In northeast Brazil, beyond the resorts and pristine beaches, lie some of the world’s best winds for generating electricity.
Welcome to Serra Branca. It’s a wind generator’s heaven, featuring breezes so perfect for spinning turbines that this Brazilian region is capable of churning out more wind energy than any other part of the world. In the latest testament to the region’s wind bounty, a French renewable energy company, Voltalia SA, just won contracts to build more farms there that’ll sell the cheapest wind power Brazil has ever seen.
“Our strategy is to gain scale in that area,” Robert Klein, country manager at Voltalia Brazil said in an interview. “High volume is key to being competitive.”
Voltalia’s buildout underscores just how big Brazil’s wind power market stands to get. The country already has almost 11 gigawatts of turbines in operation now and was ranked the No. 5 wind market in the world based on 2016 installations, according to the Global Wind Energy Council.
Consistent breezes give the country a capacity factor of 39 percent, the amount of electricity produced compared to its potential output if every turbine was spinning all the time.
That’s the best in the world. And Rio Grande do Norte state — where Serra Branca is located — with higher average speeds and little variation in wind direction, is even better. That’s why the state accounts for the most wind-power capacity in Brazil, with 2.7 gigawatts, followed by Bahia, with 1.6 gigawatts.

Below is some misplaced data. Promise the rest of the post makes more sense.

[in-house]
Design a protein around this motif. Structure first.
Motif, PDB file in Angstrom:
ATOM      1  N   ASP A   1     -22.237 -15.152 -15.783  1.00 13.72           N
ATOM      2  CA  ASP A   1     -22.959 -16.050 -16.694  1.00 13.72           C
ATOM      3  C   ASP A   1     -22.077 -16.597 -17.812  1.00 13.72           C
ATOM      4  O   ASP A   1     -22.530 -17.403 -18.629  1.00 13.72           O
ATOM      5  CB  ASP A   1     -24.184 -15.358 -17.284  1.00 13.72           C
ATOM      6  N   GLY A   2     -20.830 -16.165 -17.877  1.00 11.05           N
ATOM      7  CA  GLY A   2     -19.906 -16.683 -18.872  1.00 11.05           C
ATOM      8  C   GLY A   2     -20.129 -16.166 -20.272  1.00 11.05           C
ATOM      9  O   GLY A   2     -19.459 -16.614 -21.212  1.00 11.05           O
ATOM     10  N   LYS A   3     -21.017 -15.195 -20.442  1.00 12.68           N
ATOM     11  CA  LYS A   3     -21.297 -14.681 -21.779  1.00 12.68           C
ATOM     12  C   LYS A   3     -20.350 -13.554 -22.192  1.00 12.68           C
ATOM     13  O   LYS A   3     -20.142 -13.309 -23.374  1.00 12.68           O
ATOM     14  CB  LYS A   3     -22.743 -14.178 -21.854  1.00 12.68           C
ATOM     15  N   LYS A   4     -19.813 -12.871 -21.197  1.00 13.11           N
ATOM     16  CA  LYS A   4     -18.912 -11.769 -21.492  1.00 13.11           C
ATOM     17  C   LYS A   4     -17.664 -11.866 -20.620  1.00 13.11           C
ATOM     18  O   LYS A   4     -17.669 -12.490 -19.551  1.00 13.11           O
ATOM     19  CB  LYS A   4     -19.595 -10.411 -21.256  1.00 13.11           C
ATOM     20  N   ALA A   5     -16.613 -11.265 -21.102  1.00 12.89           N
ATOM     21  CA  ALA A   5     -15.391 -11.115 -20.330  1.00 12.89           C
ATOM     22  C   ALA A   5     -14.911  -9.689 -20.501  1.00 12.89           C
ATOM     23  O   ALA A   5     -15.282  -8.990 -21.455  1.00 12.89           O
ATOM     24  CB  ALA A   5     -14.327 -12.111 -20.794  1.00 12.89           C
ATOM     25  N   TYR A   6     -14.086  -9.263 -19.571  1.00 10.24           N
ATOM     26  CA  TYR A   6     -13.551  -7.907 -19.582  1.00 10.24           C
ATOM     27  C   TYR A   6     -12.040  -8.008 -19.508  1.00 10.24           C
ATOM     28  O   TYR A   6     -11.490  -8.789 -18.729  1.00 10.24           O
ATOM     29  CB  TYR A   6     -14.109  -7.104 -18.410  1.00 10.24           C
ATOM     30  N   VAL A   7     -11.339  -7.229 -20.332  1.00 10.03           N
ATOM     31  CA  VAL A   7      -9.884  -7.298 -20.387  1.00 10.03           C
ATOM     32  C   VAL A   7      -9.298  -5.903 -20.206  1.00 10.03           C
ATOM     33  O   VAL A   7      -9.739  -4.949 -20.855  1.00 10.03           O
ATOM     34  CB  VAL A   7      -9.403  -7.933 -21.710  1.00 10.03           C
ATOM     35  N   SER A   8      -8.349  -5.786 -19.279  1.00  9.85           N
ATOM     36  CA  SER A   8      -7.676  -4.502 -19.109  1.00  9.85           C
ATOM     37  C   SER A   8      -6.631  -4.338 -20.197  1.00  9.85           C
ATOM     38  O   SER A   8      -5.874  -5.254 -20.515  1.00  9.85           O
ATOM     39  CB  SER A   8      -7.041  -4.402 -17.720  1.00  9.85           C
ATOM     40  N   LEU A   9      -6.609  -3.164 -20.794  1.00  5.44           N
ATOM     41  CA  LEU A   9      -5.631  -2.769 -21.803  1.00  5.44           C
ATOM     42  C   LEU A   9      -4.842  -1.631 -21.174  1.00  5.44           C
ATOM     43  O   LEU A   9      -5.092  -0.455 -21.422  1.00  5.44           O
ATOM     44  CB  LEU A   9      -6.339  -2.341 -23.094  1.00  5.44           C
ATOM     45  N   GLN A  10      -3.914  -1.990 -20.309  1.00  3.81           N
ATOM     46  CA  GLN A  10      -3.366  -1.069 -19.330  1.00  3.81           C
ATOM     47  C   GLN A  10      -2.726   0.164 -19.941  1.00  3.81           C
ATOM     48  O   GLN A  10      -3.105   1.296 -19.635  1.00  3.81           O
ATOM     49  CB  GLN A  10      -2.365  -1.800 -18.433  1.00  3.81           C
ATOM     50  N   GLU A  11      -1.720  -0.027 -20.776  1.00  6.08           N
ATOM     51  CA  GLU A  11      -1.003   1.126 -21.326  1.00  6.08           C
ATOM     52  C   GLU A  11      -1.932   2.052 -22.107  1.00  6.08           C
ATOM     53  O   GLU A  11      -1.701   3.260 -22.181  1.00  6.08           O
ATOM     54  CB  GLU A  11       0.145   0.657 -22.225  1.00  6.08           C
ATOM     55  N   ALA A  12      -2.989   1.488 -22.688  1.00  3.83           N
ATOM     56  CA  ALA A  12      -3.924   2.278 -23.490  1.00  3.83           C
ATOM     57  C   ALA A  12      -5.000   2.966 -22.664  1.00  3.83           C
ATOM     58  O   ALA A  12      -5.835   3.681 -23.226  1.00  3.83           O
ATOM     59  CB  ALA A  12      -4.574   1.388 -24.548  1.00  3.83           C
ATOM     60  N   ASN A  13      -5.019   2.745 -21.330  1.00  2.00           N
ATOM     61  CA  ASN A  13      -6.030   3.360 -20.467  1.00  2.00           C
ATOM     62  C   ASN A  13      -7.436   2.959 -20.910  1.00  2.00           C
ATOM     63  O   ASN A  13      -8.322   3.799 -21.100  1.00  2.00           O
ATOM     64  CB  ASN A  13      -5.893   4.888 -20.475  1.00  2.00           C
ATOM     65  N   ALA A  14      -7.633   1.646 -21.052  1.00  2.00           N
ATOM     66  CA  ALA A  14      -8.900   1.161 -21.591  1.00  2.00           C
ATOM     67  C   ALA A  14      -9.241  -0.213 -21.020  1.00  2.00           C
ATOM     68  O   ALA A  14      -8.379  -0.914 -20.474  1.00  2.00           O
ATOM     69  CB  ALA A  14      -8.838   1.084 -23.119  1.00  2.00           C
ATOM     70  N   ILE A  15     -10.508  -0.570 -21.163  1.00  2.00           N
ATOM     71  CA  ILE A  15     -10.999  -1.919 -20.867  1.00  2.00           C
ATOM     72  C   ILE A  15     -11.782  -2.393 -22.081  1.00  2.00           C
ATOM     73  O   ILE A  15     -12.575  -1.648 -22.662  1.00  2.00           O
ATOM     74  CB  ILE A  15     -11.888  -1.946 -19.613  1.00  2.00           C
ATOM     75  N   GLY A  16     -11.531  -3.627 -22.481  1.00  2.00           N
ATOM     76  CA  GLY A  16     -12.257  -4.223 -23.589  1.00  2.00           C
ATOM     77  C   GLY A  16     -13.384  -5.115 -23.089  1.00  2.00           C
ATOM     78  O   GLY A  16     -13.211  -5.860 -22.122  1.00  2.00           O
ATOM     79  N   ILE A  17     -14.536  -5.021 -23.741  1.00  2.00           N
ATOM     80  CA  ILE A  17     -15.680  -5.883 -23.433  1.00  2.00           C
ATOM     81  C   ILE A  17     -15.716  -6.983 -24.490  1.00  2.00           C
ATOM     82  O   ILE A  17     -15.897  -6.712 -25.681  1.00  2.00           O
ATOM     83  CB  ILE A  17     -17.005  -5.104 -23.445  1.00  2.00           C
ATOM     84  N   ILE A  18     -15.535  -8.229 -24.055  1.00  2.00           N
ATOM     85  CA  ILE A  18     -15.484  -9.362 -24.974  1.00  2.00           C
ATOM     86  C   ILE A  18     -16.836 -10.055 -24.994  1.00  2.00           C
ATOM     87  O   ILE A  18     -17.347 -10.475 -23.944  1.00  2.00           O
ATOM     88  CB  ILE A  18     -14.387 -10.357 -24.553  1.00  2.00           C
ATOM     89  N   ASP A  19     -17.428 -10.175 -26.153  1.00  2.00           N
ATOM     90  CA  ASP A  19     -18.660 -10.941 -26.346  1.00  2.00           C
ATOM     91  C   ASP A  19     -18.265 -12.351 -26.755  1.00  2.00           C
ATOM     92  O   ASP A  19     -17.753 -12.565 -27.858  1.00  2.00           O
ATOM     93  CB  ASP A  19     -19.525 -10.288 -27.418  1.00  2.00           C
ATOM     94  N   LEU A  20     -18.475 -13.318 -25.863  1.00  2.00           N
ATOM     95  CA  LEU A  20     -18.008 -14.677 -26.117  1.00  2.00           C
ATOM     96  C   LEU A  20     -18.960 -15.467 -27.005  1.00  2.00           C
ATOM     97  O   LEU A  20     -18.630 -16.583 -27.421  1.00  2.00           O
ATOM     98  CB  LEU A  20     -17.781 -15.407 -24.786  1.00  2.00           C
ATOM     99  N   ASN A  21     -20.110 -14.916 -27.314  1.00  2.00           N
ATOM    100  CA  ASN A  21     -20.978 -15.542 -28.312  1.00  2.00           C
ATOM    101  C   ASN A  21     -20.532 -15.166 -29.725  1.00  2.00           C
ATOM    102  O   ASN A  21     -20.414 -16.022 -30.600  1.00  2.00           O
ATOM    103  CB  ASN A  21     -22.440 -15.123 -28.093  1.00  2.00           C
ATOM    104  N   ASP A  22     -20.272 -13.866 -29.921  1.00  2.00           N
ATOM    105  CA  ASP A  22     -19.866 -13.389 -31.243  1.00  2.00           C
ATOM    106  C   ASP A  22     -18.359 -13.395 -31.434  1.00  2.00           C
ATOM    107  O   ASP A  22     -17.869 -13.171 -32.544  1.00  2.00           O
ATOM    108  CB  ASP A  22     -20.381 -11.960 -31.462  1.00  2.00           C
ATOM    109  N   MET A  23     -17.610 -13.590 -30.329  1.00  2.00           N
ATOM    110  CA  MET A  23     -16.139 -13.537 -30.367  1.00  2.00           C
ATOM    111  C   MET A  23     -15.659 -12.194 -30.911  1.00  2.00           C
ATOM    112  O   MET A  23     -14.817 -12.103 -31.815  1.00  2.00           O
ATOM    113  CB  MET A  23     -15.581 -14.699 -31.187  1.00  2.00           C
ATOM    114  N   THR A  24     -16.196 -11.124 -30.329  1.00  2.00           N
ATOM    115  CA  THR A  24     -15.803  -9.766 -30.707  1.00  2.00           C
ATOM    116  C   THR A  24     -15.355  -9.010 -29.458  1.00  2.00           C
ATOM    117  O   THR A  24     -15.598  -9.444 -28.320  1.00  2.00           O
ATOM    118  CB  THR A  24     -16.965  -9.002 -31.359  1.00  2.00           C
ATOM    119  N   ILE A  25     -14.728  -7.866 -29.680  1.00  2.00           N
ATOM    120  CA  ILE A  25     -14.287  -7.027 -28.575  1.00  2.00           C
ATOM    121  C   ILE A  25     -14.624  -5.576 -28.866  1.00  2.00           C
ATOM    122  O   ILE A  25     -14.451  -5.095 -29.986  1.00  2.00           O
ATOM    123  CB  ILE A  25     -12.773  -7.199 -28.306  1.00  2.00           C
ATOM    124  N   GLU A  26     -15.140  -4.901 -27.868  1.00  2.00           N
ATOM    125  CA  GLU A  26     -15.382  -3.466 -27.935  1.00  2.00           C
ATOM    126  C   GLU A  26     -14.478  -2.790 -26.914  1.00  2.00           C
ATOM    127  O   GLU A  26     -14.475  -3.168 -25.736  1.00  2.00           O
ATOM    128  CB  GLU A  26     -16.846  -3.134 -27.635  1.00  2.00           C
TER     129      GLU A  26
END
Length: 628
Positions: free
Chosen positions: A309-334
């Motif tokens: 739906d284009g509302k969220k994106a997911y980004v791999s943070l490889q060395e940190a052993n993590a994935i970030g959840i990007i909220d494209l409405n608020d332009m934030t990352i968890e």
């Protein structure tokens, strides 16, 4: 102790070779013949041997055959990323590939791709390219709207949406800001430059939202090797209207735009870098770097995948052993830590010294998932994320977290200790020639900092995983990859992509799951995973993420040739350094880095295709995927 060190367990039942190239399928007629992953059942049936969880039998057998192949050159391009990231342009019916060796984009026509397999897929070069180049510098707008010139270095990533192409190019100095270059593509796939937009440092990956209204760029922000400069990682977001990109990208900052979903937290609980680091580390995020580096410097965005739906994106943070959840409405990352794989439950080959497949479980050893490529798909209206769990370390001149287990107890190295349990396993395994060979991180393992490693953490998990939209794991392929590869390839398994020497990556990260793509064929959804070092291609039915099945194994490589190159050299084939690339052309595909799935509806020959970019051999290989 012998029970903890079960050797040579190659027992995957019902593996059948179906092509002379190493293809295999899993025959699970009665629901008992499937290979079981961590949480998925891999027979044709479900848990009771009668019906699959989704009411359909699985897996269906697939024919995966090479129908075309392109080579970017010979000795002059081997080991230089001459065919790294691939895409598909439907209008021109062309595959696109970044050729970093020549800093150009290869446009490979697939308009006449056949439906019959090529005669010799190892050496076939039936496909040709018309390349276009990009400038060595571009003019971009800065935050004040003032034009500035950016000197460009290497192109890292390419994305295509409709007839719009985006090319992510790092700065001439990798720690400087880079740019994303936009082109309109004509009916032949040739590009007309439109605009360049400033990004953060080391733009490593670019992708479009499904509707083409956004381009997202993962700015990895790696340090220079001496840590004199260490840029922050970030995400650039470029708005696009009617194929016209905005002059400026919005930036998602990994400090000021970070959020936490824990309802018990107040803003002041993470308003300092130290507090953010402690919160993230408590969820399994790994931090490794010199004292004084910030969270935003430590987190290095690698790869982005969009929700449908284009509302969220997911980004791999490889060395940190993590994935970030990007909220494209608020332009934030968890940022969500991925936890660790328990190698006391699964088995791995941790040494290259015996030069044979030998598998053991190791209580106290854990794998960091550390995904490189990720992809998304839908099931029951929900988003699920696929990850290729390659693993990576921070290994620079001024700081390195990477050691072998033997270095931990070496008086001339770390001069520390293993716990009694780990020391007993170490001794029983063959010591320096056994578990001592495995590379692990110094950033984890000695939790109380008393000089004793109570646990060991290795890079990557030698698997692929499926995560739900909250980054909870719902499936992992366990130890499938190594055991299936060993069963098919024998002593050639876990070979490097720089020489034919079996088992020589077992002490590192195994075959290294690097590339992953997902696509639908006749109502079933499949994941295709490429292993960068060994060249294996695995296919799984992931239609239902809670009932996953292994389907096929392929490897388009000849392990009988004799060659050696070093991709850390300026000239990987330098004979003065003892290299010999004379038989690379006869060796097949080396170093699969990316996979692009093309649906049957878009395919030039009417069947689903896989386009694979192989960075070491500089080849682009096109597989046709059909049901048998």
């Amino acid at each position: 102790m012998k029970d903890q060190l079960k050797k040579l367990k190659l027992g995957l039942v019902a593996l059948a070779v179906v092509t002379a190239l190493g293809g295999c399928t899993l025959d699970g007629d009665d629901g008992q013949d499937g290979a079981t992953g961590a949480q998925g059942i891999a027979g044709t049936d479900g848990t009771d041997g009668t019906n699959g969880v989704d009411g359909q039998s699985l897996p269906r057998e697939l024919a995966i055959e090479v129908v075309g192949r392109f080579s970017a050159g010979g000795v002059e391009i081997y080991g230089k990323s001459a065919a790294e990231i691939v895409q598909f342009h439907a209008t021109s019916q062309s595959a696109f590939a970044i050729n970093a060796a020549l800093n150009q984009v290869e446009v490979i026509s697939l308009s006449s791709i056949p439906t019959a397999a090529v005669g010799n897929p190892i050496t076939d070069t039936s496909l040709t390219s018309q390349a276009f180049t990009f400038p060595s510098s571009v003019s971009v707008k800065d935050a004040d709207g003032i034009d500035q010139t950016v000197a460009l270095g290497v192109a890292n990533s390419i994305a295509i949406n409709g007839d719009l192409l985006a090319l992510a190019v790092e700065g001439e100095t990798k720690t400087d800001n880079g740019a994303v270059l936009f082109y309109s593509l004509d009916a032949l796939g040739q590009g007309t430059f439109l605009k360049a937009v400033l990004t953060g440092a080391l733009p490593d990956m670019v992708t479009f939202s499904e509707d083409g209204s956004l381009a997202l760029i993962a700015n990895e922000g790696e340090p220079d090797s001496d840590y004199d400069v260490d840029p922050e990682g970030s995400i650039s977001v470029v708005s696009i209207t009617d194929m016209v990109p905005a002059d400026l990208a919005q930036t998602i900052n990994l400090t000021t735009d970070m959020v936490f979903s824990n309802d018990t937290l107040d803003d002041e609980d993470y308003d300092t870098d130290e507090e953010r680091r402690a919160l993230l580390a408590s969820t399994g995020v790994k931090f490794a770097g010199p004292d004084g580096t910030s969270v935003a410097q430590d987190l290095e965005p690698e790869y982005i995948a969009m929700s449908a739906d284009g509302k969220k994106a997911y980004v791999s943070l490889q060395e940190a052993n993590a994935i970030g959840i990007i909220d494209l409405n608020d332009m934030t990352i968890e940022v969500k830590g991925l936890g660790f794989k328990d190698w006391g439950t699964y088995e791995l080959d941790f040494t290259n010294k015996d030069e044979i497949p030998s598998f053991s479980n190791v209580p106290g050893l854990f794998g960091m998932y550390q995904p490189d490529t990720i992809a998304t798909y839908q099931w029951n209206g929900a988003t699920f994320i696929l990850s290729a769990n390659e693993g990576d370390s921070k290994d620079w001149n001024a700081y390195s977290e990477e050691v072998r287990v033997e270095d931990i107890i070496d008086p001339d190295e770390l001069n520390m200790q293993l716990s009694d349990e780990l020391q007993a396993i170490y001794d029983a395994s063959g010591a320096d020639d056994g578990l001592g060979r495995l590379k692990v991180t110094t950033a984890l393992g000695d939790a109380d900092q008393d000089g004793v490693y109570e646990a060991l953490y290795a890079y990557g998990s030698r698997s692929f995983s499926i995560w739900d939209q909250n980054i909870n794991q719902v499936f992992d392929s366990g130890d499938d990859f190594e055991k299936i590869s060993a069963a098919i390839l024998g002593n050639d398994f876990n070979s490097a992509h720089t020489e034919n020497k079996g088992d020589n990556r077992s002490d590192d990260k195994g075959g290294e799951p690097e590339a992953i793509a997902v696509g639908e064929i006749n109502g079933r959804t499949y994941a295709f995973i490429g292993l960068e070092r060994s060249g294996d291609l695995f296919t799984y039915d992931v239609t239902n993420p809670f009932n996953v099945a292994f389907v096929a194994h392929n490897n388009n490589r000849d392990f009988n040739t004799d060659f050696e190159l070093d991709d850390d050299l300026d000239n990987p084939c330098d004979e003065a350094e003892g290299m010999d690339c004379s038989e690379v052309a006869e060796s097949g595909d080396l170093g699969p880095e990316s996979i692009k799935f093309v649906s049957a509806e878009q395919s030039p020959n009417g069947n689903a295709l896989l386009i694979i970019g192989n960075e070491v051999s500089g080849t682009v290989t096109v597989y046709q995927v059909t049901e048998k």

Two of Voltalia’s existing wind farms there were rated among the five most efficient in Brazil in 2016, coming in at 60.8 percent and 58.4 percent, according to Bloomberg New Energy Finance.
Brazil “clearly has a strong wind resource, some of the best wind sites in the world, so it’s potentially a very strong market,” said Gurpreet Gujral, an analyst at Macquarie Bank Ltd. The country is seeking to increase installed clean-energy capacity by 19 gigawatts by 2026 to diversify the local grid.
More wind translates into more electricity to sell, allowing Voltalia to offer lower prices. The company won contracts to supply energy from five projects with 155 megawatts of capacity in a pair of government-organized auctions last month. In one of the events, it offered to deliver electricity for 96.90 reais ($29.82) a megawatt-hour, a record low.
The company expects to invest 867 million reais for the projects, according to Brazil’s Electric Energy Trading Board, known as CCEE. They must be connected to the grid in December 2020 for contracts from the first auction. For the second, they must be connected by December 2022.
The company is developing a total of 1,000 megawatts of wind farms in the region, and may bid for contracts in the next auction, set for April. Partnering with suppliers such as turbine makers also helps Voltalia keep costs down, Klein said.
“Our appetite continues to be high,” he said.
“Voltalia’s bids were surprising,” said Helena Chung, an analyst at Bloomberg New Energy Finance. “But the company is a top performer in Brazil, with projects operating at good efficiency rates. And wind turbine prices are falling, given the high competition in the last auctions.”
Voltalia’s aggressive bids were followed by other developers including Enel Green Power SpA, with a bid of 97 reais a megawatt-hour, reflecting pent-up demand after two years without wind-power auctions. The government canceled two auctions in 2016 as an economic recession curbed electricity demand.
Now, with the economy starting to recover and electricity consumption rising, interest in new power plants is growing.
“The fact that Brazil is resuming doing auctions is very important,” Klein said. “The wind industry was halted and now it’s reborn in a brilliant way.”